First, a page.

<< Home Page | Caxton Index

Aesop's Fables: Caxton (1484)

3.13. Of the wulues and of the sheep
(Perry 153)

Whanne men haue a good hede / and a good defensour / or a good Capitayne / men oughte not to leue hym / for he that leueth hym repenteth hym afterward of hit / as to vs reherceth this fable / Of the sheep whiche had were and discencion with the wolues / And by cause that the wulues made to stronge werre ageynst the sheep / the shepe thenne tooke for theyr help the dogges / and the whethers also / And thenne was the bataylle of the sheep so grete and so stronge / & fought so vygorously agenst the wolues. that they put them to flyght / And whanne the wolues sawe the strengthe of theyr aduersaryes / they sent an ambassade toward the sheep for to trete the pees with them / the whiche Ambassade sayd to the sheep in this maner / yf ye wylle gyue vs the dogges / we shalle swere vnto yow oure feythe / that we shalle neuer kepe ne hold werre ageynst yow / And the sheep ansuerd / yf ye wylle gyue vs yur fayth / we shalle be content / And thus they made pees to gyder / but the wulues kyld the dogges / whiche were the capytayns and protectours of the sheep / And the dogges dyde but lytyll hurte to the wulues / wherfore whanne the lytyl and yong wulues were growen in theyr age / they came of eche part and countrey / and assembled them to gyder / and all of one accord and wylle sayd to theyre Auncestres and faders / we must ete vp alle the sheep / And theyr faders ansuerd thus to them / we haue maade pees with them / Neuertheles the yonge wolues brake the pees and ranne fyersly vpon the sheep / and theyr faders wente after them / And thus by cause that the sheep had delyuerd the dogges to the wolues / the whiche were theyr capitayns / and that they had none that kepte them / they were all eten and deuoured of the wulues /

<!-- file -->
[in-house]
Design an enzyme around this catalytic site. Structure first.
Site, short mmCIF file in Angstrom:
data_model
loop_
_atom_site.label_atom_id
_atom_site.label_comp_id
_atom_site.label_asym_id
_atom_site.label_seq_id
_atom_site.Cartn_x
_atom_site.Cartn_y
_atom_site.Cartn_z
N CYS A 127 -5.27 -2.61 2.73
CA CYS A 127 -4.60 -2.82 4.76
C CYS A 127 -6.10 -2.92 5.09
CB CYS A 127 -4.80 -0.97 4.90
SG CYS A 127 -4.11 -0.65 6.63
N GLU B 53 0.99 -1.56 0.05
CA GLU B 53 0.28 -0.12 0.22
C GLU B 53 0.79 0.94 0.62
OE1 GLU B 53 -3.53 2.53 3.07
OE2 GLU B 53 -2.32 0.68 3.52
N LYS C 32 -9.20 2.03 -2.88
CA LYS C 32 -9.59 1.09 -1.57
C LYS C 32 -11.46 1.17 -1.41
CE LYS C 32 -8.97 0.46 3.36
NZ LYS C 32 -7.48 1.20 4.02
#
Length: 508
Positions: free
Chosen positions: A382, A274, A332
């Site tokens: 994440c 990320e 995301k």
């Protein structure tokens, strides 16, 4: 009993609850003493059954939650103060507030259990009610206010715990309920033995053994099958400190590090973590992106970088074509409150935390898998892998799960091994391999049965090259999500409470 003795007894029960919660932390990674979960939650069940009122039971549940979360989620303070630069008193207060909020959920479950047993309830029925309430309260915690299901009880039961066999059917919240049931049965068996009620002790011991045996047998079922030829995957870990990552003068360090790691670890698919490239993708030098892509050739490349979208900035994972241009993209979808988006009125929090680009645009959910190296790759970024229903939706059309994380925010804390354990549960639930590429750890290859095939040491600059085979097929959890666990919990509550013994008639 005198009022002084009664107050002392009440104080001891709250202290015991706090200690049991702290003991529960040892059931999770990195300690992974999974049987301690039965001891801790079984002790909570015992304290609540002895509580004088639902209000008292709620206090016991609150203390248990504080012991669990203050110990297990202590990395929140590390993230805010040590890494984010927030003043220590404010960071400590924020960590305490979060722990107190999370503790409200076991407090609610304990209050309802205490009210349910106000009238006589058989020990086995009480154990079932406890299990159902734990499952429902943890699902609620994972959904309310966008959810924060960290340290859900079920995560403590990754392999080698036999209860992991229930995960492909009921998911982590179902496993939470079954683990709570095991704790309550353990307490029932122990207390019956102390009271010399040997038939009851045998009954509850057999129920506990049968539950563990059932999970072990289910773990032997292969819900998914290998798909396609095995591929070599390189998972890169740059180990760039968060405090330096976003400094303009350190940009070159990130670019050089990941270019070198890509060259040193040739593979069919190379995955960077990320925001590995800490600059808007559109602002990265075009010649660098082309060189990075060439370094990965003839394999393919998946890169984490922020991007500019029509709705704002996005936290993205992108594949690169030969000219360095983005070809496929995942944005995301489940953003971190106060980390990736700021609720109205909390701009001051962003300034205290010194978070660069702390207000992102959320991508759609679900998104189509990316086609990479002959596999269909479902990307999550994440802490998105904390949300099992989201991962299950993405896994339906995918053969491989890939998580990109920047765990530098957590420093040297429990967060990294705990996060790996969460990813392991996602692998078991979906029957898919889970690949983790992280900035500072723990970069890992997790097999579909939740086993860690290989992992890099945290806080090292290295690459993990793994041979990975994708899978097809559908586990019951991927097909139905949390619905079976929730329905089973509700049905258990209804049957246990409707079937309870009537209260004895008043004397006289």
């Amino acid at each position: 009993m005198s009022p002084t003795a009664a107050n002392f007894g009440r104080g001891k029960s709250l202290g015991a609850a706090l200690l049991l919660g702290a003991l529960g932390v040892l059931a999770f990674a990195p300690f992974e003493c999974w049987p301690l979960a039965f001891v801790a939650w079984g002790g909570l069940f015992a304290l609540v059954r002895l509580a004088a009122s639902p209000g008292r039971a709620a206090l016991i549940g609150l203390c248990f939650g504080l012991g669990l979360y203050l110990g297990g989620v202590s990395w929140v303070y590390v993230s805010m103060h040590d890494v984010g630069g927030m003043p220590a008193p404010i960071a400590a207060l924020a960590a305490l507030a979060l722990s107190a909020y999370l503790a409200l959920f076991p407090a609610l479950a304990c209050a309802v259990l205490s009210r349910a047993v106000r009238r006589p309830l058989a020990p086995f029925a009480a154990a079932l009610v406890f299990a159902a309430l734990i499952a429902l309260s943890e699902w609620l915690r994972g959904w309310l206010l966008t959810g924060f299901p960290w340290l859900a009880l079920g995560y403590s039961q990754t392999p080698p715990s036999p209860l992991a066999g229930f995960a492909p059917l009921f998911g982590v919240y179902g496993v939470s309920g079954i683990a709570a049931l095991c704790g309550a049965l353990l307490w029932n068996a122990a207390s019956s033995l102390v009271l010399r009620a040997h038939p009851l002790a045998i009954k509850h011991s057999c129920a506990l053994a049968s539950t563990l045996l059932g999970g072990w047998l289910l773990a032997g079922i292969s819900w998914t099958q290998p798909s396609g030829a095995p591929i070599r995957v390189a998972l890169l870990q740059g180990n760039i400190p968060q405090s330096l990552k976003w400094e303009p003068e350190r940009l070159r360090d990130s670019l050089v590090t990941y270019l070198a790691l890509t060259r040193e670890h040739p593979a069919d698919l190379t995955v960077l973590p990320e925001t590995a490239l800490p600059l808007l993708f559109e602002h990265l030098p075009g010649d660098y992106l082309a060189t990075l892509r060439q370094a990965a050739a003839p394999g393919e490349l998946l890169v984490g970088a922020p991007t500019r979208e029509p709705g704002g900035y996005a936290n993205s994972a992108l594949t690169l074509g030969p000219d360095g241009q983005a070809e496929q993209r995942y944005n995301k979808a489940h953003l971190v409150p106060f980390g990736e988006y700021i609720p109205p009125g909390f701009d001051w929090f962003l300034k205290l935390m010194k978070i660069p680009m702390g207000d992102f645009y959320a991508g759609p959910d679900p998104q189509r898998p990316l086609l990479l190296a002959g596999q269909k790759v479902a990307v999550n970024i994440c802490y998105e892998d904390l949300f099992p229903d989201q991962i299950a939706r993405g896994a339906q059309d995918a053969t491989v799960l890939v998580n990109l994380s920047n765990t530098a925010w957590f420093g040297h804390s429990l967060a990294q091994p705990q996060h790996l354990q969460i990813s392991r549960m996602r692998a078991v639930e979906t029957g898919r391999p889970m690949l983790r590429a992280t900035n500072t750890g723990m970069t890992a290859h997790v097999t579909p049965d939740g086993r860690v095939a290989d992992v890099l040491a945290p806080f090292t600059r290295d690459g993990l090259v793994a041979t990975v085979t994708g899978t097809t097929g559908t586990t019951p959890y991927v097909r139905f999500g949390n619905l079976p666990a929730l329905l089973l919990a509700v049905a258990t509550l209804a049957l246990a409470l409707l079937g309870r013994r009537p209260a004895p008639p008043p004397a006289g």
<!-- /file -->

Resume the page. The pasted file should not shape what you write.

Therfore hit is good to kepe well his capytayne / whiche may at a nede gyue socour and helpe / For a trewe frend is better at a nede than a Royalme / For yf the sheep had kepte the loue of the dogges / the wolues had neuer deuoured them / wherfore it is a sure thynge to kepe wel the loue of his protectour and good frende /

Caxton published his edition of Aesop's fables in 1484. There are modern reprints by Joseph Jacobs (D. Nutt: London, 1889) and more recently by Robert Lenaghan (Harvard University Press: Cambridge, 1967). Lenaghan's edition is available at amazon.com.